Cardiogirl 19 percent body fat 100 percent fun


does the past always shape the future?


I was over at Lollygrass' pad and she was talking about childhood and what kind of effect it has on people as adults. As she basically said, you never know what you're gonna get when that kid grows up. I suppose there's no hard and fast rule on that, but I definitely think it has a huge influence on the child.

I think patterns are set and depending on the "tools" you acquired as a child you are either stuck in those patterns or you have the ability to work like hell to chisel your way out of the pattern. Lolly also said "I wonder a lot of the time about the ways I would be different if my parents had been nicer people."

It's funny she said that, because my sister and I have had that conversation many times. As in, what if my father had encouraged me, rather than point out all of the flaws? When I was around 15 he did tell me he always thought my stuff was well done, he was just pointing out ways to improve it. What?

He never once said, "Cardiogirl, this is a spankin' essay. It's well-written and kept my interest. I would try to tighten up the last paragraph, though."

Instead he would say, "You need to apply yourself. The last paragraph is sloppy."

Perhaps, if he had tried option one (encouragement and then the improvement) I wouldn't feel like I could always do a better job (on anything and everything I do) if only I applied myself. Nowadays when that little voice tells me I could do better, I try to tell myself that is just my dad talking and I know I did a good job. But it's not easy.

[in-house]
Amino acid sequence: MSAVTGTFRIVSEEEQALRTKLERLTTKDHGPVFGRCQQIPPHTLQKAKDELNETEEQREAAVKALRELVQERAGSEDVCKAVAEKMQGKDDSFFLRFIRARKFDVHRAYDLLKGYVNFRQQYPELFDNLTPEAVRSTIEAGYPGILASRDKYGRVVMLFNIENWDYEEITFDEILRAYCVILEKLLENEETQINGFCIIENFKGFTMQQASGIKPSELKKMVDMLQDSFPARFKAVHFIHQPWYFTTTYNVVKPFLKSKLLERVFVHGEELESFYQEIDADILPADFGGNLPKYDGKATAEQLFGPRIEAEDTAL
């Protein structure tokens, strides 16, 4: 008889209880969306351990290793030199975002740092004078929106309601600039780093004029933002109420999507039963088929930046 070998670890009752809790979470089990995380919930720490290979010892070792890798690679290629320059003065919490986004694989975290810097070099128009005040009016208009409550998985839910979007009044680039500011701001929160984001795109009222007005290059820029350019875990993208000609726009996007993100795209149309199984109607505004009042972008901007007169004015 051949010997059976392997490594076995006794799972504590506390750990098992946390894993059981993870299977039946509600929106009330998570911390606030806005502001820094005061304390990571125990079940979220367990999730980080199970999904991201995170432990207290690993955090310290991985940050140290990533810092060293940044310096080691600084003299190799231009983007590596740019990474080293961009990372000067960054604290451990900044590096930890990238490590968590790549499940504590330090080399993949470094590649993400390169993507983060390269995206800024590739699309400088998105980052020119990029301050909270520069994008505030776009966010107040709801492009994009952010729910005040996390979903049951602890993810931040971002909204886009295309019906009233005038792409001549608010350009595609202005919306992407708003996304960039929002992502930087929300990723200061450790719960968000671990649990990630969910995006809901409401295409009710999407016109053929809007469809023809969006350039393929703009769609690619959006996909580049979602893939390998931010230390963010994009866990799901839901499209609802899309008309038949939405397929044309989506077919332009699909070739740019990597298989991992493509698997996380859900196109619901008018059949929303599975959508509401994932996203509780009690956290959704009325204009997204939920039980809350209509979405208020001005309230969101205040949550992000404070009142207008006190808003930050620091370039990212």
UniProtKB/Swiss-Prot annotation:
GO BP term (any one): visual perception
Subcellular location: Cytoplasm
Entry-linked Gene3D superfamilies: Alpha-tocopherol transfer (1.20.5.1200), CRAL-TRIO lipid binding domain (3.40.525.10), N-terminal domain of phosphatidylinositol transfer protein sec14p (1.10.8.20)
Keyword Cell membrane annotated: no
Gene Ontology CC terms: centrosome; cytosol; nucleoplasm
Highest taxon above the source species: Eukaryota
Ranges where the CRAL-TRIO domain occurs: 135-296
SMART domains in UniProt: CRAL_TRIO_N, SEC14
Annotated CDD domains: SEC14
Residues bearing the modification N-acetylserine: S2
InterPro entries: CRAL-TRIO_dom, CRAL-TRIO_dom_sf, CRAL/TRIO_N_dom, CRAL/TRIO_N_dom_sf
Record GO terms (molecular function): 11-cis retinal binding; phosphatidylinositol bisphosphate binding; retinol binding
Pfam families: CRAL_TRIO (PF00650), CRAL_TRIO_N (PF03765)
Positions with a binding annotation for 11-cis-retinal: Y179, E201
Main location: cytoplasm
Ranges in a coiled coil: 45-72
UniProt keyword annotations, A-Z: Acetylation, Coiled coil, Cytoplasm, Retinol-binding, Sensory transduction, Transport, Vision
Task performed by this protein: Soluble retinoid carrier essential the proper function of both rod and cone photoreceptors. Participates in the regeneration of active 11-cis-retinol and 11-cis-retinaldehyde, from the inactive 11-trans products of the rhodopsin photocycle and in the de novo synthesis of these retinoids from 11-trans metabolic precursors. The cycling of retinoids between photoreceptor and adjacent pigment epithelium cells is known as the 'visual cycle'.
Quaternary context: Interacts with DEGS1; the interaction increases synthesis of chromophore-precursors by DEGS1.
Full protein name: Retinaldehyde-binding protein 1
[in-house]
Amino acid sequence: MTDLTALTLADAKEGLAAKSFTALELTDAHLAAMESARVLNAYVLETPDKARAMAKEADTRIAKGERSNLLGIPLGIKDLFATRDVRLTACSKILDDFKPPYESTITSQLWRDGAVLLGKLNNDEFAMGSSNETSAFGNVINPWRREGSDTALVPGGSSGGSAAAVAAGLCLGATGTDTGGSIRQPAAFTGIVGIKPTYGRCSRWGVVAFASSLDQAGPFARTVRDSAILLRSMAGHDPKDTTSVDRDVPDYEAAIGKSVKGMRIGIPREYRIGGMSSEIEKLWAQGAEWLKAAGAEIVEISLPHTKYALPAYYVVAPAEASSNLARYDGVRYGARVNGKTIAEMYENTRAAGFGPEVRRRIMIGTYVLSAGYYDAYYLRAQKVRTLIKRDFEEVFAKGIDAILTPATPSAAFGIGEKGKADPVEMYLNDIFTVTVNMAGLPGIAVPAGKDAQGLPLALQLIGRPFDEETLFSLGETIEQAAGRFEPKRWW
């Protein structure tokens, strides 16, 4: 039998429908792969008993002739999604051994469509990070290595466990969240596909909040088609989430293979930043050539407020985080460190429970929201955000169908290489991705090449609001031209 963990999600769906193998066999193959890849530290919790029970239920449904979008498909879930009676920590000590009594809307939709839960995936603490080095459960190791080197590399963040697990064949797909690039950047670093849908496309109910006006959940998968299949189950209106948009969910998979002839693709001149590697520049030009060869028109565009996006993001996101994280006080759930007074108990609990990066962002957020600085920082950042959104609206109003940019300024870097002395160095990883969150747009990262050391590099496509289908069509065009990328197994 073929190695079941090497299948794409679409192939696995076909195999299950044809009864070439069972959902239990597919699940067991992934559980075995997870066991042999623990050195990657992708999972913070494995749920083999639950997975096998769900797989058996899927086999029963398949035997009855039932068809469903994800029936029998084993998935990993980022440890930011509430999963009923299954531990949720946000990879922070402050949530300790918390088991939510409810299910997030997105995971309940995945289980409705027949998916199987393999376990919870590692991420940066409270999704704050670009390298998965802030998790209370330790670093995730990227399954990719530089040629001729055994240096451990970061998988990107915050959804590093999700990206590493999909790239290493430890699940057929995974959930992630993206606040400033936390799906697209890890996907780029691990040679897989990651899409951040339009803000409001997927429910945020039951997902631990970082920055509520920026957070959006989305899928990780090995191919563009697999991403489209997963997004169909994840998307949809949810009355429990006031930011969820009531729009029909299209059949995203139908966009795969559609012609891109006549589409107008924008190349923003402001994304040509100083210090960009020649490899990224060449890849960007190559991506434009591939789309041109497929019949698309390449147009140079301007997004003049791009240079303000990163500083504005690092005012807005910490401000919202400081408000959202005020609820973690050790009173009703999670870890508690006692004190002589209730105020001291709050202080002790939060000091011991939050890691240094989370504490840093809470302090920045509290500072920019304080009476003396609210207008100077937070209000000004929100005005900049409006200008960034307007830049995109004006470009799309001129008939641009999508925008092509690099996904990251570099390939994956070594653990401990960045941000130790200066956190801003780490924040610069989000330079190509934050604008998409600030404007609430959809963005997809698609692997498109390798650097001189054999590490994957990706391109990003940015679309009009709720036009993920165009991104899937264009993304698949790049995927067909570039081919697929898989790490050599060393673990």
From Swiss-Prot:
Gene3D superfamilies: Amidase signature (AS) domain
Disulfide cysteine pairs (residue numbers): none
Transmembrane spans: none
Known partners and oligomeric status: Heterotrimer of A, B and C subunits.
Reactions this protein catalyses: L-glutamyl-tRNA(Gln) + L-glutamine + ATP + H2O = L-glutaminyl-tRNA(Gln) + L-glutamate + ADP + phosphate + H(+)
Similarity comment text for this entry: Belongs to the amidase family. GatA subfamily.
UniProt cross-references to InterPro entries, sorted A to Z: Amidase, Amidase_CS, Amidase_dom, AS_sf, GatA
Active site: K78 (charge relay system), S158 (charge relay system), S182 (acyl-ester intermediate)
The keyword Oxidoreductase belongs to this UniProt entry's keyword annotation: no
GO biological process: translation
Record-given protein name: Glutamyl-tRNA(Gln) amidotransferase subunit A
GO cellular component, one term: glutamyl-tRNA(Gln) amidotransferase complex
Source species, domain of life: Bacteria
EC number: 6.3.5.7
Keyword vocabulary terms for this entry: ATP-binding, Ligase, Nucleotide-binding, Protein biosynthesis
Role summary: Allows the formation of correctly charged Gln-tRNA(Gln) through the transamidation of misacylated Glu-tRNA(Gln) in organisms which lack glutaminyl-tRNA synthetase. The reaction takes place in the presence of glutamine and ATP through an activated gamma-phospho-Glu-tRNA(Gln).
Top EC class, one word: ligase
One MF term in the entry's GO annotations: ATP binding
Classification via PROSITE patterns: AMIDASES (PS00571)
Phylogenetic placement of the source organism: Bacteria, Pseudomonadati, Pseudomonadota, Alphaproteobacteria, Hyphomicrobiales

Like Lollygrass, my sister and I wonder what kind of people we could have been had we been given a stable environment with liberal doses of encouragement. We both feel like we would have gotten to the mental place we are now (at ages 39 and 49) a lot earlier. Imagine the possibilities. . .

But, no time to cry over spilled milk, right? I'm trying to turn this ship around for my own kids. I do wonder if my oldest daughter will remember the drastic turnaround I had soon after I gave birth to my third daughter. At the time I was having a severe bout of post-partum depression. My oldest (at the time 5 years old) asked me one day, "Mom, why do you cry all the time?"

Wow, that was a major shock. I didn't realize she paid that much attention.

I'm not sure if I'll ever tell my kids about my childhood. If I did, it would be when they have children of their own. I suppose as a cautionary tale.


2007-05-28 at 7:20 a.m.

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